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April 11, 1804

The Captains continue working in St. Louis to prepare for their journey up the Missouri River. Across the Mississippi River, Sergeant Ordway is in charge of the men at their winter camp on the Wood River.

attending to Sunderey Stores &c

William Clark
Crates, a bales, a keg, and an officer's coat

April 11, 1805

The day is hot as the men work the pirogues and canoes 19 miles against the Missouri current. Lewis examines the salts along the shore. Clark finds the coal on the hillsides does not burn well. Camp is below the Little Missouri River.

we halted at two P. M. and made a comfortable dinner on a venison stake and beavers tales with the bisquit which got wet on the 8th inst. by the accidant of the canoe filling with water before mentioned.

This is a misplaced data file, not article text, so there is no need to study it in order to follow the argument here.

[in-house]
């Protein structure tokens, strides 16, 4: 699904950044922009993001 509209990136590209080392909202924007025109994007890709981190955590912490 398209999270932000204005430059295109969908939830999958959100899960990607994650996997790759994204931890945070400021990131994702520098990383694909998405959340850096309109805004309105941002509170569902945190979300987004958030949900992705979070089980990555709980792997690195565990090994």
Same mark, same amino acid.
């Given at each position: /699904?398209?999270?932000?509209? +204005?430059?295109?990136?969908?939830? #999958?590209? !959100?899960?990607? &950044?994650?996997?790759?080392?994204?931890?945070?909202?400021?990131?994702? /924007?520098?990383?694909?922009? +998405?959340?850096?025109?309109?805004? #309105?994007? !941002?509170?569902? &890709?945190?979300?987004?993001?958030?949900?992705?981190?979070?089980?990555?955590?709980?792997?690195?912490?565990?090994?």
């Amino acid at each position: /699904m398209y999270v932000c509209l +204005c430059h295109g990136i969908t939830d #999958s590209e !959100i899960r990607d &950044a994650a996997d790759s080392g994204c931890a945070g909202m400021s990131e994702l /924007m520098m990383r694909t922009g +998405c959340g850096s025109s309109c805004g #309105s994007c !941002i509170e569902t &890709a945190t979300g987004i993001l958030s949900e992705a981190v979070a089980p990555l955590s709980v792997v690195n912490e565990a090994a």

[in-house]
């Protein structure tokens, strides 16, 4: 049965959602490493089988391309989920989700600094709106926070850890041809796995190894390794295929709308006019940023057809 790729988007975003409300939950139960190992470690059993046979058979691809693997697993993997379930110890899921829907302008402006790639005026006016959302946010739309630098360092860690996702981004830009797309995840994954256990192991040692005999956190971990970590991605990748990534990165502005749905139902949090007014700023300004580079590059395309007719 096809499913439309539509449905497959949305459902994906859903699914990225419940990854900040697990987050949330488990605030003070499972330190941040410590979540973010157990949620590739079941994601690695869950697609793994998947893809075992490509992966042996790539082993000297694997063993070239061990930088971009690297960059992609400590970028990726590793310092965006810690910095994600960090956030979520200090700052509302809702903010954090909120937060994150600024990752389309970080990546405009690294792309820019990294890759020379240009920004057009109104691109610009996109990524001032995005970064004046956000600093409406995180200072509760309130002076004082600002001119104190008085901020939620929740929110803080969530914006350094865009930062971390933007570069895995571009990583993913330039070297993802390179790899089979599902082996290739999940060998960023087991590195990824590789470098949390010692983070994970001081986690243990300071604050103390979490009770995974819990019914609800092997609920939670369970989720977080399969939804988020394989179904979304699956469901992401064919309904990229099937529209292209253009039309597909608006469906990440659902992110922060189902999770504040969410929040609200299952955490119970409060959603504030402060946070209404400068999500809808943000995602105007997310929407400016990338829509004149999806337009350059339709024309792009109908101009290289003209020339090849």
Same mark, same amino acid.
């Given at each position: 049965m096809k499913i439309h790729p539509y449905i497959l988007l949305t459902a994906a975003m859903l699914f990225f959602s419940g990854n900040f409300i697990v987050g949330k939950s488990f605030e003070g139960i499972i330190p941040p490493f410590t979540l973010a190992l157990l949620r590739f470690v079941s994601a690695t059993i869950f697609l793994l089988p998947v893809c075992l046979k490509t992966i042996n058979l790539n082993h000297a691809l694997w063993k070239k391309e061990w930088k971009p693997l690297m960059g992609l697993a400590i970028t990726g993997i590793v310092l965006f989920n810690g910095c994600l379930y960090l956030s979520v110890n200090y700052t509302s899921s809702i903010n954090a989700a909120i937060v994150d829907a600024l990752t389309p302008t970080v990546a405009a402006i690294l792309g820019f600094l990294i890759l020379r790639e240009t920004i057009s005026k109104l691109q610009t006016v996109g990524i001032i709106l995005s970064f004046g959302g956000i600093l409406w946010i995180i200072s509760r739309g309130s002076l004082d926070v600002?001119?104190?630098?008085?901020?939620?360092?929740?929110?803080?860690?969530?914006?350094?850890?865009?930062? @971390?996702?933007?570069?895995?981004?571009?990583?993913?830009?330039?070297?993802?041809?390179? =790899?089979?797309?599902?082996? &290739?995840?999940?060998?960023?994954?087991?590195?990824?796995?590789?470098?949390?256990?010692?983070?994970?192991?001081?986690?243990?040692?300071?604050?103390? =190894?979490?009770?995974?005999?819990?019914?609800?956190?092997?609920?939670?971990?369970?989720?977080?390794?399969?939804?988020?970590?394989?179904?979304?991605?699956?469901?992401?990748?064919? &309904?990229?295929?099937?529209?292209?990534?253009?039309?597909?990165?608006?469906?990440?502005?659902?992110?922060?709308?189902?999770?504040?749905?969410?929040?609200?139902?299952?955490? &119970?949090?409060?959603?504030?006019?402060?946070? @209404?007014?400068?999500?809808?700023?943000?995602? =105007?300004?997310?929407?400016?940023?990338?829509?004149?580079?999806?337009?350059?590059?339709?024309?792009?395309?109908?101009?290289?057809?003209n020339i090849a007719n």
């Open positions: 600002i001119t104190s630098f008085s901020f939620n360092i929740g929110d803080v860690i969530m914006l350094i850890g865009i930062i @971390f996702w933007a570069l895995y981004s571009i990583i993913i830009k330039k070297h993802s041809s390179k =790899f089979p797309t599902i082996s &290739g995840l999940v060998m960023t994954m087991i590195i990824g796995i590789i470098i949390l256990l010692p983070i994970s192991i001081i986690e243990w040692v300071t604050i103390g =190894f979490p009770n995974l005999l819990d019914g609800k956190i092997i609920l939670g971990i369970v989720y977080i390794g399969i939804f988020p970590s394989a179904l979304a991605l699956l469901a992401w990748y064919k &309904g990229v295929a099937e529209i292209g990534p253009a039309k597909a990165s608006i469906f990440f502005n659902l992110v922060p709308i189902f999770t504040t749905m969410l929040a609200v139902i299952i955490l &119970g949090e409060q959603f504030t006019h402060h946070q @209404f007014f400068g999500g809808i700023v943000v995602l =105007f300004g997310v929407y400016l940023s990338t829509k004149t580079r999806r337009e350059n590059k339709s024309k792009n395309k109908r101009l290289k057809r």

Meriwether Lewis
Cooked strips of meat and fried biscuits

April 11, 1806

Struggling past the Cascades of the Columbia, the men carry or tow the empty canoes. Indians attempt to steal tools, and when they almost succeed in taking Lewis' dog, Seaman, Lewis demands his return with a threat of death.

with great dificuelty and much fatigue we drew up 4 of our canoes above the Rapids 3 miles in extent.
the men became So fatigued that we deturmined to puspone takeing the 5th Canoe untill tomorrow.

William Clark
Historic photo of the upper cascades of the Columbia River